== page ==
Three-way valves are not constant flow devices. When three-way valves are manually balanced, there can be a substantial overflow. With AutoFlow regulators there are no overflows, and no overflow means energy saved. The diagrams here show how the three-way valves are balanced and how AutoFlow saves energy...
Manual balancing requires the following steps:
- A differential pressure gauge is placed on the manual balance valve.
- The three-way ATC valve is driven to the full open position with all the flow through the coil.
- The manual balance valve is adjusted to achieve the “design flow” and the memory stop is locked in place. The D.P. gauge is left in place.
- The ATC valve is driven to the full by-pass position.
- The ball valve in the by-pass is adjusted to achieve design flow through the by-pass and the memory stop on the ball valve is locked in place.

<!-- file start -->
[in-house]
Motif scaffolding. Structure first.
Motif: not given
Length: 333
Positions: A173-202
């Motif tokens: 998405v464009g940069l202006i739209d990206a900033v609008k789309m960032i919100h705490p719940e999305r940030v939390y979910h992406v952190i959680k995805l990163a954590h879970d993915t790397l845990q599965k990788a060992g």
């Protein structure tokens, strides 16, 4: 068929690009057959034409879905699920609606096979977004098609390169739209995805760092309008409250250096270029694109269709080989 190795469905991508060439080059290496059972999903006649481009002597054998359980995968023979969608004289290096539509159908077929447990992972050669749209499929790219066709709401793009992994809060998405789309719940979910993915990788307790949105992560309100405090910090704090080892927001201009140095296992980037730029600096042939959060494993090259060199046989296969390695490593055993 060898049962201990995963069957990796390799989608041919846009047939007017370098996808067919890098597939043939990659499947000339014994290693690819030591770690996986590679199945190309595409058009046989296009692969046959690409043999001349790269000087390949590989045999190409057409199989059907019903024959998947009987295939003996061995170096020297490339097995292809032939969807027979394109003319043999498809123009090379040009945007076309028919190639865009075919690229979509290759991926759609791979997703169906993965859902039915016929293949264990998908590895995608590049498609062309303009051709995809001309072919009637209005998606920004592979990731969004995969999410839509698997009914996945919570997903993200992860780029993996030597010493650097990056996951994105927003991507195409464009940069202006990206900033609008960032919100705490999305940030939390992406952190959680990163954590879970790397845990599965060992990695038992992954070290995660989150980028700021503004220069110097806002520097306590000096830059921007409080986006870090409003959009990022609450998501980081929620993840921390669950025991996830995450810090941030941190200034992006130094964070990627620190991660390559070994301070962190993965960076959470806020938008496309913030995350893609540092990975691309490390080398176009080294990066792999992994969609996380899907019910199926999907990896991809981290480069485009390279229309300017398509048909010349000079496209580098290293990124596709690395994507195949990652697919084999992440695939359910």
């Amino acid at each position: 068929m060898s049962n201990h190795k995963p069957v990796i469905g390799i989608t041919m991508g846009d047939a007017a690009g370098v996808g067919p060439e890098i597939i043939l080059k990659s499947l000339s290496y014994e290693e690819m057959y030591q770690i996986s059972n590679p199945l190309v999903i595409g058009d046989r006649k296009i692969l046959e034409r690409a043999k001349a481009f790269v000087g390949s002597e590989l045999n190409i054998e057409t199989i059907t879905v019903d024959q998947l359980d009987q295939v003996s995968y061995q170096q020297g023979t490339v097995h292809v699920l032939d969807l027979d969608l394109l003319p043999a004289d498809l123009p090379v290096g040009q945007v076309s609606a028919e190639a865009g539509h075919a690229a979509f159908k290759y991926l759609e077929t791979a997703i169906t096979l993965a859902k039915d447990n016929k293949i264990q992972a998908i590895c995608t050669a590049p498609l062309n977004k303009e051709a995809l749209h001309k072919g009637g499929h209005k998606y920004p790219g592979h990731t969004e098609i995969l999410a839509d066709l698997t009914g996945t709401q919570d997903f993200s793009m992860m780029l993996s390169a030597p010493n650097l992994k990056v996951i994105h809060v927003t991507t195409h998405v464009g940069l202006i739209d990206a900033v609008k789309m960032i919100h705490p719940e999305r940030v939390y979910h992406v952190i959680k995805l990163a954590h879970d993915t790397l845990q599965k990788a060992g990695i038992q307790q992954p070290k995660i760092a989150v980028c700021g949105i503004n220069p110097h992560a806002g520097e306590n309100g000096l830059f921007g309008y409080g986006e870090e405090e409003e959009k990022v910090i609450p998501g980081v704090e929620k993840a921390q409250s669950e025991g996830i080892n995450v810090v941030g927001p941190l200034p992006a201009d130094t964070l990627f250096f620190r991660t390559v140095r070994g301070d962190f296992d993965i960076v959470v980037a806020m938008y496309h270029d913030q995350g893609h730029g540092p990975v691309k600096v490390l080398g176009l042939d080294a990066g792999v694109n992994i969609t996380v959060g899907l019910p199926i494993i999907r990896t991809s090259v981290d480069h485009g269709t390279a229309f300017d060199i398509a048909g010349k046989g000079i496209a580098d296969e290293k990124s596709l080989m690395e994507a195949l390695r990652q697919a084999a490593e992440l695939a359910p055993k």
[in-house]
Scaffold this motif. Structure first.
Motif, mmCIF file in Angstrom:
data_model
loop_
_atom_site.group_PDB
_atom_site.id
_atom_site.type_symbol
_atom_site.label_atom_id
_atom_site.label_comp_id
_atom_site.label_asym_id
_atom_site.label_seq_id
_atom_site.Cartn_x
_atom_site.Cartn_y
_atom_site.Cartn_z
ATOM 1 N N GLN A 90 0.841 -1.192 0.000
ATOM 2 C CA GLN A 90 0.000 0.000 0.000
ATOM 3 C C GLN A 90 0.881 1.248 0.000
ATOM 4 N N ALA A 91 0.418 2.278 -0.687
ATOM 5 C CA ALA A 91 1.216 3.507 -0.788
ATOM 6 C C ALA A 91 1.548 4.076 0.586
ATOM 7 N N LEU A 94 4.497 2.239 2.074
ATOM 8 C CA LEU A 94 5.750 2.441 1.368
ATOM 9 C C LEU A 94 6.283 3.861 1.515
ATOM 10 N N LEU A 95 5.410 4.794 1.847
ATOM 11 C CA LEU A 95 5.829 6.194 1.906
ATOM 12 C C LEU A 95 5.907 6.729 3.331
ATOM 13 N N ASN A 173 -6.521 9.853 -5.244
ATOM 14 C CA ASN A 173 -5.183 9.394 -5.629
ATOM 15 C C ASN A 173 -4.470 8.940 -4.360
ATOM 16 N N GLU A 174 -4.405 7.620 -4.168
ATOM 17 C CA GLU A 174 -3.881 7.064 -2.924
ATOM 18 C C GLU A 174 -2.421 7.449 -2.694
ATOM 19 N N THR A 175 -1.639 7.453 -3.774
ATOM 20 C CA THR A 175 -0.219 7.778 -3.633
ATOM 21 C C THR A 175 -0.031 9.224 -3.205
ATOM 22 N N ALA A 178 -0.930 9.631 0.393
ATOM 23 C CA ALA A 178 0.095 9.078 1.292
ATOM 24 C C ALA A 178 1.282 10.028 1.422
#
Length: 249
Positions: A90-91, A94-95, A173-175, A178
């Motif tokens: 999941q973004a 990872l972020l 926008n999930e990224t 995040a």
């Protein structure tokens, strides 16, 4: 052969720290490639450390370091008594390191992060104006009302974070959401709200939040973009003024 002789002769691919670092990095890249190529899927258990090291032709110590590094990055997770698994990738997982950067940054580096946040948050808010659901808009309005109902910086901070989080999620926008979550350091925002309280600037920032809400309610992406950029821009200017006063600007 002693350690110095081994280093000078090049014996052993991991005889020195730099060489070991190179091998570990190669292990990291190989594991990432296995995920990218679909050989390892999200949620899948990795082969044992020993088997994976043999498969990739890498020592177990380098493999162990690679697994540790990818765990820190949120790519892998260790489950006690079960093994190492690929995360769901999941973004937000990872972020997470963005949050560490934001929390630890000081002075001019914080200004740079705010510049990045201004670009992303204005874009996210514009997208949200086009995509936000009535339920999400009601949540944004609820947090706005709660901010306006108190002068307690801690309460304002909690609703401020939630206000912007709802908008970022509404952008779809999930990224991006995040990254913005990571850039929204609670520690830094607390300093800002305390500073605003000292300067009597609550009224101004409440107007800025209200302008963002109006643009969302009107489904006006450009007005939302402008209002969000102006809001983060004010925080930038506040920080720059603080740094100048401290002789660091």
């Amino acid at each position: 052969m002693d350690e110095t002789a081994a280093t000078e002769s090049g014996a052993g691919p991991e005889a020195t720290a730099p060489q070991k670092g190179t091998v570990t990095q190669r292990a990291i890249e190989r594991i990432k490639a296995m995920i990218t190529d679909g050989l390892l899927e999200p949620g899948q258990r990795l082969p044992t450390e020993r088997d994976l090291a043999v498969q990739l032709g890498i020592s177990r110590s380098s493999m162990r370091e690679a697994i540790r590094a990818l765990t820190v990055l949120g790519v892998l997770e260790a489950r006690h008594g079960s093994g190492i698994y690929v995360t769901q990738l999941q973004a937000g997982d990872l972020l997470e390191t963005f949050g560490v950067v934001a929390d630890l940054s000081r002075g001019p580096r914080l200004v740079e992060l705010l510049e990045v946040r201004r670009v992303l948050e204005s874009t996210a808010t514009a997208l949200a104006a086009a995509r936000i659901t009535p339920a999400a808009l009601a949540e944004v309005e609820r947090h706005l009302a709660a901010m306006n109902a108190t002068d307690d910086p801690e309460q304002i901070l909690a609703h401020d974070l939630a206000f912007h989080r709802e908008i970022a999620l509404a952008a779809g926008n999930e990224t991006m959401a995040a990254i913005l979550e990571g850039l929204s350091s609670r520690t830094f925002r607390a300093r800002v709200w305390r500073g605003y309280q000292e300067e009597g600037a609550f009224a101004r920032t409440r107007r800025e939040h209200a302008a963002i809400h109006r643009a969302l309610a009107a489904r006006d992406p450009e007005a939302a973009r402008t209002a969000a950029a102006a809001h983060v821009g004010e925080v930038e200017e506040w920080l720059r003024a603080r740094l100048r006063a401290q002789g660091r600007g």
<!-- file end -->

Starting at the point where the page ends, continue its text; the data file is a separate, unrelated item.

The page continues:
Manual Balance Three-way Coil
Following are the steps required in setting up the AutoFlow circuit:
- The proper AutoFlow valve, factory-labeled for the specific terminal unit and GPM, must be installed as shown.
- Design flow is achieved as soon as the pump is turned on.
- Verification of the design flow can be achieved by reading the differential pressure across the AutoFlow valve. A reading above two psi and below 32 psi indicates that the design GPM is flowing.
Automatic Balance Three-way Coil
Overflow Wastes Energy
The graph below shows that the manual balance points are at the extreme ends of the ATC valve operating range. At midrange, where the valve operates most of the time, the overflow can range from 10-50 percent with manual balancing. The AutoFlow regulator keeps the flow at design GPM regardless of the valve's position.
This saves 10-20 percent of the BHP for the life of the building.